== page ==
Most days, I aspire to calling myself a writer. In reality, I’m merely a blogger. Sure, I’ve written more than 1M words on my blog, and my daily “hit” count is rising with each extra bundle of content I provide, but I haven’t finished my non-fiction book about HR processes, and it is a very long time since I attempted anything resembling fiction.
Some people maintain their dream through pre-writing activities. Maybe “reading about writing”, through books like Stephen King’s On Writing, or other writing guides by Lawrence Block or Sue Grafton, or how-to guides like Save the Cat!, or a whole host of other books out there from big writers talking about their writing process. Others join writing and critiquing groups, online or in person. And others subscribe to writing magazines such as Writer’s Digest to get their “fix” that somehow they are honing their craft without actually honing their craft through, you know, WRITING. I’m kind of in the first and third categories. I still subscribe to Writer’s Digest, and I regularly comb through issues of the magazine or the webfeed for tidbits, some of which I squirrel away for a rainy day of writing when I’m retired. “Oooooh, look,” I think, “a five step guide to developing a believable villain, I should clip that.” Which I do, and the folder grows and grows, likely to be just deleted at some point during a pointed purge.
Articles about creative nonfiction, i.e., applying creative techniques usually used in fiction to non-fiction topics to improve their readability, are obvious draws for me. I desire the time and motivation to write fiction, and in the meantime, I write almost entirely nonfiction on my blog. But one article that I tripped over recently goes all the way back to my March / April 2015 issue of Writer’s Digest. It is called “Straight Up Nonfiction with a Twist” by Debbie Harmsen (pp. 22- 25).
The article looks at seven techniques / approaches you can use to ensure you have a new, fresh, or original approach to your nonfiction writing. Here is my reaction to each element.
A. Employ a fun framework. The idea is to find a fun theme to your writing (she uses an example of driving for how to manage your life, with rest stops, road rage, etc.) with the intent to inject a bit of lightness to your topic. I understand the premise and the desire, but I think you first need to ensure that the person reading your work already trusts you, that you have hard-won credibility with them, before you take a light-hearted approach to something serious. If not, they are just as likely to be offended or turned off as they are to warm to your style. I remember being REALLY turned off by the approach in Biblioholism: The Literary Addiction by Tom Raabe (BR00013). It bops between light-hearted treatment of book addiction on the one hand and then treating it as a formal disease akin to other addictions on the other. I read it way back in 2001, and I still remember hating the approach. I wonder if it is more suited to shorter pieces than longer pieces, or perhaps merely less risky.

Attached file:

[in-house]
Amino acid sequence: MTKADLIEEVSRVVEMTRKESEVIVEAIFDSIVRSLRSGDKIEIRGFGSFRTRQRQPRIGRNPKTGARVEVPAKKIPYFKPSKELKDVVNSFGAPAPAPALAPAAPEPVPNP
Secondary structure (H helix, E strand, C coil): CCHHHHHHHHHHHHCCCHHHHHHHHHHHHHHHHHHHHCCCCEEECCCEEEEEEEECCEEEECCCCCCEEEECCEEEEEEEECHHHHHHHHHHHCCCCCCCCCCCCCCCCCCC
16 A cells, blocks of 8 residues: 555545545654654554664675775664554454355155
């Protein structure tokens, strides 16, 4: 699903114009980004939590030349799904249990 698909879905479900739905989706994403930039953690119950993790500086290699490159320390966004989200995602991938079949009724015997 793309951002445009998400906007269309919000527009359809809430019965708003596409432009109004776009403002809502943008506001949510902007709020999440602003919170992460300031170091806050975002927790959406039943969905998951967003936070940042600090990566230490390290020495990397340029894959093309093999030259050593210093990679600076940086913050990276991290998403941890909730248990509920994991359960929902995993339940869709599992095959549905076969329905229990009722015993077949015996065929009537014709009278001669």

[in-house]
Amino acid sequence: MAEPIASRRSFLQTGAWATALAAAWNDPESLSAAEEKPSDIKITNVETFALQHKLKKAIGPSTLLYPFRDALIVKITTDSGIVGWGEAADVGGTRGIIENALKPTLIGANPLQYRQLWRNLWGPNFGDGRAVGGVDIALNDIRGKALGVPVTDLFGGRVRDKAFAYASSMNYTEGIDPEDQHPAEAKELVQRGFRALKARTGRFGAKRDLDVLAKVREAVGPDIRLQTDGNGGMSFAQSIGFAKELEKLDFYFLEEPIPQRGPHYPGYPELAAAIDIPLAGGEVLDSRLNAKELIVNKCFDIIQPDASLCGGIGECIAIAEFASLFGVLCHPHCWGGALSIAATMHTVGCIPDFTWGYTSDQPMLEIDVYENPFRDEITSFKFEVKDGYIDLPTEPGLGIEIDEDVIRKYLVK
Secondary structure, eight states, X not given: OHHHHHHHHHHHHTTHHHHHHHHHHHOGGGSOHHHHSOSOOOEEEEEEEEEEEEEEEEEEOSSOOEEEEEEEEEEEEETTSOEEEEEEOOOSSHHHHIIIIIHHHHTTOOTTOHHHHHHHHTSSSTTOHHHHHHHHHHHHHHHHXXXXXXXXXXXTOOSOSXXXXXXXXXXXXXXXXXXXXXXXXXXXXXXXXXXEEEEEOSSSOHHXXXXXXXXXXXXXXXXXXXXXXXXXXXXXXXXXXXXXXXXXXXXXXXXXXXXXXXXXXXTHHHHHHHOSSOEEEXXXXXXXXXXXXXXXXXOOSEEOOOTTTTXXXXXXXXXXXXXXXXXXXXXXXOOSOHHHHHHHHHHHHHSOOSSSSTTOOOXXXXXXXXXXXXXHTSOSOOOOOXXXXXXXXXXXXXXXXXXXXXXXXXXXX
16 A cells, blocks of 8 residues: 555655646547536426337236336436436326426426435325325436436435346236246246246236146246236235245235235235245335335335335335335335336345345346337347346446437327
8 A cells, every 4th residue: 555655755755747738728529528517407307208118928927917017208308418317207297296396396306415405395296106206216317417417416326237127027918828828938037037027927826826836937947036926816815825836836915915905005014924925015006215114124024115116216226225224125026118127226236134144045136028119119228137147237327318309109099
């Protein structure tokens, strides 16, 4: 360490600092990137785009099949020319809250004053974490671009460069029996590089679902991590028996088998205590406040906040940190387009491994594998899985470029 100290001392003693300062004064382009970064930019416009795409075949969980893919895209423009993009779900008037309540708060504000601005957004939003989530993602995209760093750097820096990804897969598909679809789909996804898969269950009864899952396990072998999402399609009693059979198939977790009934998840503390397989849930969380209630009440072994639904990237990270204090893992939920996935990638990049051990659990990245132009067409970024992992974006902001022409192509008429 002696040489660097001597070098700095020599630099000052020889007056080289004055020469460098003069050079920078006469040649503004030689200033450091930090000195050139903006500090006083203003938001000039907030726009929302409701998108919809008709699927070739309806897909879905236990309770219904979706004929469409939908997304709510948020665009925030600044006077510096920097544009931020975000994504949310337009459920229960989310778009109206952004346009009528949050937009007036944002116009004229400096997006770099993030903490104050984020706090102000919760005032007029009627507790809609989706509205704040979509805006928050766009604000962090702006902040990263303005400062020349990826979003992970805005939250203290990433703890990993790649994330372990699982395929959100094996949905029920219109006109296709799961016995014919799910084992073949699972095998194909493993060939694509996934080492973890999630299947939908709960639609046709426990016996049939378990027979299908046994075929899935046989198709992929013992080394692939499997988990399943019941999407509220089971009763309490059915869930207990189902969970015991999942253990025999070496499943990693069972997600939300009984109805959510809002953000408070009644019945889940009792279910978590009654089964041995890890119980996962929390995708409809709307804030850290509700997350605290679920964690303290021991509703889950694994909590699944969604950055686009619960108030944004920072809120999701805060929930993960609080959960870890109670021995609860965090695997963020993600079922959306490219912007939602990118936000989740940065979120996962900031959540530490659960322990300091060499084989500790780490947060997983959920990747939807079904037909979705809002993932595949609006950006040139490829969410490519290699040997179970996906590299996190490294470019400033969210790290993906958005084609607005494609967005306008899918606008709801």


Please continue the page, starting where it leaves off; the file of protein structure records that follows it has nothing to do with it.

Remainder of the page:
B. Be a contrarian. Frank and honest sums up this technique, but I already use it in spades. I always give MY take on things, and it frequently is NOT the party line in any genre.
C. Use scenes and dialogue. The advice is a bit of a mix between using “what if” scenarios to make something more real or more storytelling / anecdotes. For my HR guide, I have plenty of anecdotes. I don’t however have any “what if” examples to show someone confronted by a problem and how they can use my advice to solve it.
D. Add supplemental material. At first I thought this was going to be about annexes, but it was actually about ways to liven up your non-fiction text with text boxes, takeaway bullets, sub-headings, etc. I never really thought of that as a separate “creative” technique, but I guess it is. It is something I’ve struggled with in my HR guide, and I find it hard to use at all in my blog pages (at least as separate boxes; I do use subheadings a lot).
E. Play with time. I haven’t tried this with any of my non-fiction stuff. I tend to “recount” the story rather than taking me or the reader back in time to the moment and making it “present” tense at that point to make it more immediate. I may have to think about that for some of my HR articles. It could work really well for some of my anecdotes.
F. Bring in narration from others. I think this heading is a bit misleading. It means not only outside narration but even outside research that shifts from “here is my opinion” (for example) or “here is what I experienced” vs. “what really happened” (the facts). I do tend to put some of that in there, but I rarely contrast “what I knew at the time” with “what I know now” as I spend more time on the lesson learned than a previous gap.
G. Take an unexpected angle on a timely topic. This is a popular idea, and often badly executed. The idea is that if, for example, the anniversary of something significant approaches, then write something tied to that theme. It is often done badly, as I said, by people who take the smallest link to the anniversary event and try to tie something they were already going to write to it in some superficial way. Like, for example, trying to tie a cookbook about broccoli to the veggies that Obama served at the first official dinner. There’s no real link, other than dropping it in as an SEO filler to boost clicks, but there it is. Or worse, some bone-headed link such as a love of convertibles tied to JFK’s death or something. To me, it only works if the link is REAL, not manufactured to look real, and like with the lighthearted approach above, it risks alienating the reader rather than attracting them.
Still, regardless of which ones work for me and if I can find ways to use them in my own writing, I really liked the article.